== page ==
Person: Wiles, Andrew John
Andrew Wiles is an English mathematician famous for having finally proved _Fermat's Last Theorem _ in 1995.
Mathematical Profile (Excerpt):
 When Andrew was born Maurice Wiles was Chaplain at Ridley Hall, Cambridge.
 Wiles' interest in Fermat's Last Theorem began at a young age.
 In 1971, Wiles entered Merton College, Oxford, graduating with a B.A. in 1974.
 Wiles did not work on Fermat's Last Theorem for his doctorate.
 From 1977 until 1980 Wiles was a Junior Research fellow at Clare College, Cambridge and also a Benjamin Peirce Assistant Professor at Harvard University.
 Wiles was awarded a Guggenheim Fellowship which enabled him to visit the Institut des Hautes Études Scientifique in Paris and also the École Normale Supérieure in Paris during 198586.
 This result set the stage for Wiles's work.
 Wiles abandoned all his other research when he heard what had been proved and, for seven years, he concentrated solely on attempting to prove the ShimuraTaniyama conjecture, knowing that a proof of Fermat's Last Theorem then followed.
 In 1988 Wiles went to Oxford University where he spent two years as a Royal Society Research Professor.
 In 1993 Wiles told two other mathematicians that he was close to a proof of Fermat's Last Theorem.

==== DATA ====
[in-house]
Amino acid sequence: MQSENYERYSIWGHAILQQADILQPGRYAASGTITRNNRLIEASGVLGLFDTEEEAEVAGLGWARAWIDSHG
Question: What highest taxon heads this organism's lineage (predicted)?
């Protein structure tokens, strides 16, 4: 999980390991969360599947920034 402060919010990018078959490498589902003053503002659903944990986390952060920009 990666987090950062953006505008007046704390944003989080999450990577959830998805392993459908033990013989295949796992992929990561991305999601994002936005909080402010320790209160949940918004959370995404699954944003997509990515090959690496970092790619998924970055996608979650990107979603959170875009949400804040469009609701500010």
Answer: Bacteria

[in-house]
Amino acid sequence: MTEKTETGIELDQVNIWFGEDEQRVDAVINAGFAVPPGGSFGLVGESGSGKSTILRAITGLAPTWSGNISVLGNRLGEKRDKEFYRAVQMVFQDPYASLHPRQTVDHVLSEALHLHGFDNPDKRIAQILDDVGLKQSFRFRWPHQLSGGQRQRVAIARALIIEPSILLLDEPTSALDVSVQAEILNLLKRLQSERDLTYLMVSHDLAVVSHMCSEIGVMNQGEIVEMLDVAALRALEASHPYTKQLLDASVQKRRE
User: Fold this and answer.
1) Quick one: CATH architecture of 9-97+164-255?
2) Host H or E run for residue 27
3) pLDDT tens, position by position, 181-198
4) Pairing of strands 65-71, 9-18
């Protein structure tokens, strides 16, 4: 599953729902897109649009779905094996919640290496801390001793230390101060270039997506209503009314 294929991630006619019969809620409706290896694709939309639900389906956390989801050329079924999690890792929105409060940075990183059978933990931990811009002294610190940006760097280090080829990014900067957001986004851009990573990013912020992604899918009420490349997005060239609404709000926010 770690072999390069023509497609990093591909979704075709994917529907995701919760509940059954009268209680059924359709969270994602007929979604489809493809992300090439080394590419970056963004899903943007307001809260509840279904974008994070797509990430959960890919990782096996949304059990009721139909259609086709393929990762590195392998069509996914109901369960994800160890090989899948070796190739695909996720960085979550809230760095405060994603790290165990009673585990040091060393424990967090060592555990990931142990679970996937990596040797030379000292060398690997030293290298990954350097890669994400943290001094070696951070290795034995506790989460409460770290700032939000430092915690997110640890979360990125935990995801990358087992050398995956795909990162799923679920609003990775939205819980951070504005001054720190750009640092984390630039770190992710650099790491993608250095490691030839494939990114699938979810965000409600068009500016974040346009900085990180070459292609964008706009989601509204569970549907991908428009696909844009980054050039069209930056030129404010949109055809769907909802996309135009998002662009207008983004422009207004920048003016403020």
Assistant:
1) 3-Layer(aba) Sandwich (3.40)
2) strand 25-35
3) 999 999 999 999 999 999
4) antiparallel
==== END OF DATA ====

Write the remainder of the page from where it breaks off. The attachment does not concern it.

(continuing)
In 1994 Wiles was appointed Eugene Higgins Professor of Mathematics at Princeton.
 From 1995 Wiles began to receive many honours for this outstanding piece of work.
 In addition to the prizes and awards mentioned above, Wiles has continued to receive many honours for his outstanding work.
 In the same year he was honoured by having "asteroid 9999 Wiles" named after him.
 In 2000, Andrew Wiles became "Sir Andrew Wiles" when he was made a Knight Commander of the Order of the British Empire by the Queen.
 He received the Pythagoras Award in Crotone, Italy, in 2004 and, in the following year, Wiles received the Shaw Prize.
Born 11 April 1953, Cambridge, England.
View full biography at MacTutor
Tags relevant for this person:
Prize Abel, Prize Clay Research Award, Origin England, Number Theory, Prize Shaw, Prize Wolf
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References
Adapted from other CC BYSA 4.0 Sources:
 O’Connor, John J; Robertson, Edmund F: MacTutor History of Mathematics Archive